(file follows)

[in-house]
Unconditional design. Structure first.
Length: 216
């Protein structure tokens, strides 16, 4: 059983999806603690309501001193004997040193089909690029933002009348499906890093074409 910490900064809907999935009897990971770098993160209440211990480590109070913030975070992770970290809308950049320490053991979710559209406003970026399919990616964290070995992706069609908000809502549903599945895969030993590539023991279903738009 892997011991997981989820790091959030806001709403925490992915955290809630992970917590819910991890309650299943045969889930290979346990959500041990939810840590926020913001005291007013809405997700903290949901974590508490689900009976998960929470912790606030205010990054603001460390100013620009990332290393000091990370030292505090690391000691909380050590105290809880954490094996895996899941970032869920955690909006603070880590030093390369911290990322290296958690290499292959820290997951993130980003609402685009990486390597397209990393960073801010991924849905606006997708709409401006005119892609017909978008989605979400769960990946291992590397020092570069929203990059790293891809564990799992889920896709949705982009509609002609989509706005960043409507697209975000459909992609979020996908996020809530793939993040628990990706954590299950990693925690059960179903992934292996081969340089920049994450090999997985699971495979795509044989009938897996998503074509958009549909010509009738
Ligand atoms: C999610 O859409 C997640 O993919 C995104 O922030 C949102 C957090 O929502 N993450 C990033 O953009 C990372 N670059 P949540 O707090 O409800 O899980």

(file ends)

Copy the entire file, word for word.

[in-house]
Unconditional design. Structure first.
Length: 216
């Protein structure tokens, strides 16, 4: 059983999806603690309501001193004997040193089909690029933002009348499906890093074409 910490900064809907999935009897990971770098993160209440211990480590109070913030975070992770970290809308950049320490053991979710559209406003970026399919990616964290070995992706069609908000809502549903599945895969030993590539023991279903738009 892997011991997981989820790091959030806001709403925490992915955290809630992970917590819910991890309650299943045969889930290979346990959500041990939810840590926020913001005291007013809405997700903290949901974590508490689900009976998960929470912790606030205010990054603001460390100013620009990332290393000091990370030292505090690391000691909380050590105290809880954490094996895996899941970032869920955690909006603070880590030093390369911290990322290296958690290499292959820290997951993130980003609402685009990486390597397209990393960073801010991924849905606006997708709409401006005119892609017909978008989605979400769960990946291992590397020092570069929203990059790293891809564990799992889920896709949705982009509609002609989509706005960043409507697209975000459909992609979020996908996020809530793939993040628990990706954590299950990693925690059960179903992934292996081969340089920049994450090999997985699971495979795509044989009938897996998503074509958009549909010509009738
Ligand atoms: C999610 O859409 C997640 O993919 C995104 O922030 C949102 C957090 O929502 N993450 C990033 O953009 C990372 N670059 P949540 O707090 O409800 O899980």